I was hyped for rust 1.65, because I had a use-case for GATs that I thought was pretty neat. But as it has turned out, in practice the thing that mostly affected my day-to-day Rust work in 1.65 was the let-else statements. I don't know if it's just the way I tend to express things, but I use it .. well, I would probably be exaggerating if I said "every day", but the fact that I'm even stretching for that phrase should be some kind of indicator. I use it a lot.
It has made me curious about what other ergonomics changes have been proposed. Is there an easy way to find "officially" suggested syntax changes (that are primarily for ergonomics)?
First, you'll need to define "official". But so many people come up with so many suggestions/ideas that it's practically impossible to keep track of all of them. You can read IRLO, but TBH it's not worth it. There's a lot of noise, because empirically, most of the ideas arise out of a lack of understanding of the language, and are consequently subpar and not really well-designed. You can come across the occasional gem, but it's rare. You can also read the Rust-lang RFC repo directly, which is perhaps a little higher quality, overall. Still an enormous amount to read through, so be prepared for that.
I don't think there is any general way to search for proposed ergonomic improvements. The best I can see is to look at the list of tracking issues in the Rust repo. Tracking issues exist to track progress of implementation and stabilization of accepted RFCs. However, I don't see any way to select only ergonomic improvements, and the category is quite nebulous anyway (is get_many_mut an ergonomic improvement? is assert_matches?). You'd have to manually check the open issues to see what interests you.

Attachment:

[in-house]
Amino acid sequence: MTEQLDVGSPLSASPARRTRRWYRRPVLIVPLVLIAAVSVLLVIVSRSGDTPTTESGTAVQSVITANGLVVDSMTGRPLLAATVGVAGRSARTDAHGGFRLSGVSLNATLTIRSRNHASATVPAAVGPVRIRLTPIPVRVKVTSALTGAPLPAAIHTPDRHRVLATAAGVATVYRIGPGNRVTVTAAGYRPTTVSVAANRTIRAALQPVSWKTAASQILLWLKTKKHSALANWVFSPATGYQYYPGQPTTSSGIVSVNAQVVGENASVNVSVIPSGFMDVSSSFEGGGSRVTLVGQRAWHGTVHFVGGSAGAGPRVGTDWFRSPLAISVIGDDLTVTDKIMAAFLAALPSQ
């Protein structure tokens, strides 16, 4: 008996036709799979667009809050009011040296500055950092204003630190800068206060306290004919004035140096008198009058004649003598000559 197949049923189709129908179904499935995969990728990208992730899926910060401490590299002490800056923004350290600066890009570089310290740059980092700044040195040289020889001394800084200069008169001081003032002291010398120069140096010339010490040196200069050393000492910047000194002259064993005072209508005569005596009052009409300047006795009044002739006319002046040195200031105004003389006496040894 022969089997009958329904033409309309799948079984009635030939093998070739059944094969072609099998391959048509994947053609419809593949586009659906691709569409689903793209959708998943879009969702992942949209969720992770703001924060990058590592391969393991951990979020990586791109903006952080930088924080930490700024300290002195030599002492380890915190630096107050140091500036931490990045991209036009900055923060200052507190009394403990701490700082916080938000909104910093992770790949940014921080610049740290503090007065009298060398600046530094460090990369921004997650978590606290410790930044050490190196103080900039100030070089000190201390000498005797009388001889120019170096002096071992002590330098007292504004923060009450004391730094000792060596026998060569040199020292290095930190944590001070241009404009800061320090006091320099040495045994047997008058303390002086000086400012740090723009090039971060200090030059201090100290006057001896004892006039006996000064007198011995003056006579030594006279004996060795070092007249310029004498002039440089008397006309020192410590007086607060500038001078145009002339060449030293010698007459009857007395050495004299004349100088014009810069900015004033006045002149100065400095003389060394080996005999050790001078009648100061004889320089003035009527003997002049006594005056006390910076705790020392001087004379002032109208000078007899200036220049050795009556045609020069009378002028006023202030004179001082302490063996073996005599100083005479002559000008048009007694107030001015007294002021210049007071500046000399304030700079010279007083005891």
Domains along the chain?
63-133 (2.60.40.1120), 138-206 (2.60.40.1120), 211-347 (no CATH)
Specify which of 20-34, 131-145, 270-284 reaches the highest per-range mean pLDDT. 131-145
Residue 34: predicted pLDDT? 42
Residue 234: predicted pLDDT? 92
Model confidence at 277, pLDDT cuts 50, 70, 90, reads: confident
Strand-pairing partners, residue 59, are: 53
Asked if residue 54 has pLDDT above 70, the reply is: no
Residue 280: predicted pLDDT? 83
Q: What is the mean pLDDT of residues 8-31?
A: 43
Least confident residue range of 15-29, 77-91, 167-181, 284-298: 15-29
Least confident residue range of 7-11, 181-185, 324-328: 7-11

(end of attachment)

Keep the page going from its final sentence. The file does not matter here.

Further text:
One feature that has been close for a while is let chains. It was proposed for stabilization a few months ago, but unfortunately some last-minute issues were discovered. I would still expect it to land in the next few months.
if let guards can also be a nice QoL improvement for pattern matching.
try blocks would be a major improvement to ergonomics of Result handling if it lands. I wouldn't hold my breath though, it's been stuck since 2016.
The recently accepted RFC on C-string literals can be a pretty big improvement to ergonomics of FFI. I wouldn't expect it within the next year, since the implementation haven't even started, but it doesn't look like a feature likely to be unstable for too long.
generators and async generators would be a huge improvement to the ergonomics of writing iterators and async streams. Unfortunately, it's basically untouched designwise, so it's a very long way off.
async closures would be a small but notable improvement to the ergonomics of async code.
Related, async traits are a pretty big improvements to async coding, and now that GATs were stabilized, we should expect to see (at least non-dynamic) async traits in a reasonable timeframe.
I've also been using let ... else constantly since upgrading -- it's great for parsing -- and similarly had no idea that it was going to be so handy. It's made me more skeptical of my (and everyone else's) ability to evaluate language changes in the abstract.